Last week, we gave you a taste of some of the terrible romantic scenes from books that had been nominated for the annual Bad Sex in Fiction Award, an infamous prize that has been the bane of authors since it was established in 1993. No doubt many of you have been waiting with bated breath to hear who the winner is and, for the first time ever, the prize has been awarded to two authors.
As The Independent reports, both John Harvey and Didier Decoin have both been awarded the much avoided prize, ad no doubt this is the first time anyone’s been more than happy to share an award. Harvey’s book Pax earned him the prize, and Decoin won for The Office of Gardens and Ponds. The statement read:
“We tried voting, but it didn’t work. We tried again. Ultimately there was no separating the winners.”
The judges added: “Faced with two unpalatable contenders, we found ourselves unable to choose between them. We believe the British public will recognise our plight.”
An extract from Pax reads: “She gave a yet deeper, moaning sigh. Like breathing in he saw the word he had said shiver and expand inside her. Her arms moved now, and flexed: out of here, Venus de Milo. He watched the death-life fill her growingly. She grabbed and caressed him with more muscle, more zest, than ever before. Her long lean arms were spider arms, while her kisses roved and dug.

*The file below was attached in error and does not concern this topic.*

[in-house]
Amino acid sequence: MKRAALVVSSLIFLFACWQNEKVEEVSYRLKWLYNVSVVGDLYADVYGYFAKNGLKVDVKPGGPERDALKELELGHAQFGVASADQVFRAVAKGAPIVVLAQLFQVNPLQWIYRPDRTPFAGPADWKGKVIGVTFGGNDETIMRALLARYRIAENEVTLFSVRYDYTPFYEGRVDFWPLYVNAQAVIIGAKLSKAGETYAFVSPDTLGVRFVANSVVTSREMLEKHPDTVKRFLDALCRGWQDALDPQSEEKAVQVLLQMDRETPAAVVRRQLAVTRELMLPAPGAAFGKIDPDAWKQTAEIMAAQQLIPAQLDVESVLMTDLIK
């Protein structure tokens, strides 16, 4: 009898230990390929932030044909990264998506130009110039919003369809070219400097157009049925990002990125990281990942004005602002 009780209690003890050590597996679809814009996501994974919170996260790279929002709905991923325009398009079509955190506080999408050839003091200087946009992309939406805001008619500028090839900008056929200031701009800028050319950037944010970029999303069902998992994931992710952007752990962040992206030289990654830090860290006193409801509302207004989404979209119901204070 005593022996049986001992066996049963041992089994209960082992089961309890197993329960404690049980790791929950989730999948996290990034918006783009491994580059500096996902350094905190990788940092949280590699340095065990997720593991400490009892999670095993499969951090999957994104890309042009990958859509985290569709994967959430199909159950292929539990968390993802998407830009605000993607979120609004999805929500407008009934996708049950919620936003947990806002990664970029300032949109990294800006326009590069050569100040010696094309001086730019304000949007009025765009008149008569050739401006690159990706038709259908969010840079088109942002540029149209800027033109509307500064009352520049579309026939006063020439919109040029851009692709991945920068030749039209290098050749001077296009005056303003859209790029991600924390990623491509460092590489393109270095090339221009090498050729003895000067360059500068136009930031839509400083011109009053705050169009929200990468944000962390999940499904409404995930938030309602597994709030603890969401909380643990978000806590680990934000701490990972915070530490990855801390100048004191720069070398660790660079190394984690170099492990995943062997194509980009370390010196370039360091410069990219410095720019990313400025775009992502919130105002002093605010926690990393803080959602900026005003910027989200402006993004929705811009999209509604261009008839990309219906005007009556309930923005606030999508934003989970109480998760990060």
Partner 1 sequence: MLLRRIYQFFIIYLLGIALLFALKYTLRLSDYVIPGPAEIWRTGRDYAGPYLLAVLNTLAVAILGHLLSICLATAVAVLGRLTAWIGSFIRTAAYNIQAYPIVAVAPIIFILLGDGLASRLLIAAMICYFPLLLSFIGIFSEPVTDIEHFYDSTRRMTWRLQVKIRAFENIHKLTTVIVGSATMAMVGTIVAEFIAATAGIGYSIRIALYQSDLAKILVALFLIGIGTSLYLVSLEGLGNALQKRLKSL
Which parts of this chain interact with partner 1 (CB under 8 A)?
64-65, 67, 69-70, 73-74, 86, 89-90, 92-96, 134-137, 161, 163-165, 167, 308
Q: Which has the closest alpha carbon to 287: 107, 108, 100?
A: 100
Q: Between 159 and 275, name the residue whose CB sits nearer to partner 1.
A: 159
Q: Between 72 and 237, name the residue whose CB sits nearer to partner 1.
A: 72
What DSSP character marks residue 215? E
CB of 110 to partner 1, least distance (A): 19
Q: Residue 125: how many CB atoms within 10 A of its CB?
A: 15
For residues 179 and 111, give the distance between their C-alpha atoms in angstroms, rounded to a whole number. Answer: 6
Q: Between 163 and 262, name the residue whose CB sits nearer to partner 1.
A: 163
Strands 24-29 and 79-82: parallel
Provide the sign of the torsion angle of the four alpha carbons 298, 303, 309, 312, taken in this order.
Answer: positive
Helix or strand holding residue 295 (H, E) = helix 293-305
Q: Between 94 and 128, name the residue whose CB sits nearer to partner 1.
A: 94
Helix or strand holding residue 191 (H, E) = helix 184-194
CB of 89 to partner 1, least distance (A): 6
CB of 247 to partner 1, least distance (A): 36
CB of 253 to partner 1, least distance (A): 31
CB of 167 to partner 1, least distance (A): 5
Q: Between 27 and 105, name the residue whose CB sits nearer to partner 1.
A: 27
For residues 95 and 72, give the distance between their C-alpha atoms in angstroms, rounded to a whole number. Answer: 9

‘I see it,’ he said. ‘You are the female praying mantis, devouring her
‘I am. You are. I shall eat every shred of you.’”
The scene in question from The Office of Gardens and Ponds reads: “Katsuro moaned as a bulge formed beneath the material of his kimono, a bulge that Miyuki seized, kneaded, massaged, squashed and crushed. With the fondling, Katsuro’s penis and testicles became one single mound that rolled around beneath the grip of her hand. Miyuki felt as though she was manipulating a small monkey that was curling up its paws.”
The award was hosted at the In & Out (Naval & Military) Club in St James’s Square, London, where 400 guests attended. The aim of the prize is to highlight “poorly written, redundant, or downright cringeworthy passages of sexual description in modern fiction”. Other books nominated for the prize this year includes The River Capture by Mary Costello, City Of Girls by Elizabeth Gilbert and Dominic Smith’s The Electric Hotel.